Would You Give Money to This Man?

Politics and policy.
March 27 1999 3:30 AM

Would You Give Money to This Man?

Why does anyone contribute to Lamar Alexander's presidential campaign?

(Continued from Page 1)

"Other candidates may be sexier at this hour, but once we go through the battering of New Hampshire and Iowa it might be a different story," says Connors. "I think the subtext of this election will be, 'I will not embarrass you.' I know with absolute certainty that Lamar Alexander is without reproach."


"The press will reveal things about candidates that otherwise would not be revealed," says Carole Sergent, a college classmate of Alexander's and godmother to one of his children. "There are no secrets with Lamar. But when people scrutinize and see what those front-runners are really about ..."

Because they are relying on a Bush fade, the contributors easily discount Lamar's dismal poll numbers. It's too early for the polls to mean anything, they say. Voters are probably still reacting to "that plaid shirt," says Tom Black, a Nashville software entrepreneur. The Alexandrians reject the polls in favor of a 1996 number: 3,500. The contributors repeat this figure as though it had talismanic power. If only Lamar had won 3,500 more votes in the 1996 New Hampshire primary, he would have edged Bob Dole for second, driven Dole out of the race, and cruised to the nomination. The 1996 near miss allows them to ignore the uglier facts of 2000: that Lamar faces a stronger field and has lower poll numbers.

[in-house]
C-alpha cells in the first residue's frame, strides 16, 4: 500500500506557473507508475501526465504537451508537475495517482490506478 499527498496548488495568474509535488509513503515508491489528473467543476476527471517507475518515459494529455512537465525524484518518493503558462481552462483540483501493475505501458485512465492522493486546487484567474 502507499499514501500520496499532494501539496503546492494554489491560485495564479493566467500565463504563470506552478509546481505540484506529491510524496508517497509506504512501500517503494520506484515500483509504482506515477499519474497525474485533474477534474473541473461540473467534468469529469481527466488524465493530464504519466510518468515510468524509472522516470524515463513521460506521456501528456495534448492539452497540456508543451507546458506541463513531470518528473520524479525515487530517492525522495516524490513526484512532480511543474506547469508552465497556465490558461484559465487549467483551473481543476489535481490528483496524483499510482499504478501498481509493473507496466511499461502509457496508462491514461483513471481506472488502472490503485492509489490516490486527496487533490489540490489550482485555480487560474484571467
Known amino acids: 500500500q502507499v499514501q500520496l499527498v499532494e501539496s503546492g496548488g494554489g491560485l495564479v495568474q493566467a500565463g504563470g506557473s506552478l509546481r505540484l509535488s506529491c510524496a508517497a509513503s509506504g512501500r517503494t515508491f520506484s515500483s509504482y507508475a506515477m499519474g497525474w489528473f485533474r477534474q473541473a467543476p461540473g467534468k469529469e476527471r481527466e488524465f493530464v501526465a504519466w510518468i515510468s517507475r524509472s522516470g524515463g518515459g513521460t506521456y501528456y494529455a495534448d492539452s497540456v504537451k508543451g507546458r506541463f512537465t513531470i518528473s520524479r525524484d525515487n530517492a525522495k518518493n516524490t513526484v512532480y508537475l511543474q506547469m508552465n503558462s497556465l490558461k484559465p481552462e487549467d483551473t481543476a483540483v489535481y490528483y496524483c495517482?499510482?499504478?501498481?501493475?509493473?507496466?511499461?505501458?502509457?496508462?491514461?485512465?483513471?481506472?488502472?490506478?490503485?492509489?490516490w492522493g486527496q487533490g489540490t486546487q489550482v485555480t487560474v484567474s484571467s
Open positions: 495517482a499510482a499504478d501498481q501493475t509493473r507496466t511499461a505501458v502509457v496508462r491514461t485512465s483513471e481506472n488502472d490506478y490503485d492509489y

The 17 contributors admire the doggedness that has made Alexander a figure of fun to the press. They call his nonstop campaigning since 1995 evidence of his persistence. "I don't think you should make fun of anyone who has a strong desire for public service. It takes hard work, and he will outwork all the others," says Brent Rice, a Kentucky real estate developer.

The endless campaign has "tested" him in ways that novice candidates such as Bush and Dole can't even imagine. Republicans believe in dues paying, say Lamar's supporters. Over and over, they remind me that the last Republican who won the presidency in his first campaign was Dwight Eisenhower. Reagan lost before he was nominated, as did George Bush and Richard Nixon.

The way the contributors figure it, Alexander is running against the other veteran candidates: Pat Buchanan, Steve Forbes, Alan Keyes, and Quayle. By that calculus, I suppose, a contribution to Lamar is a great bet.


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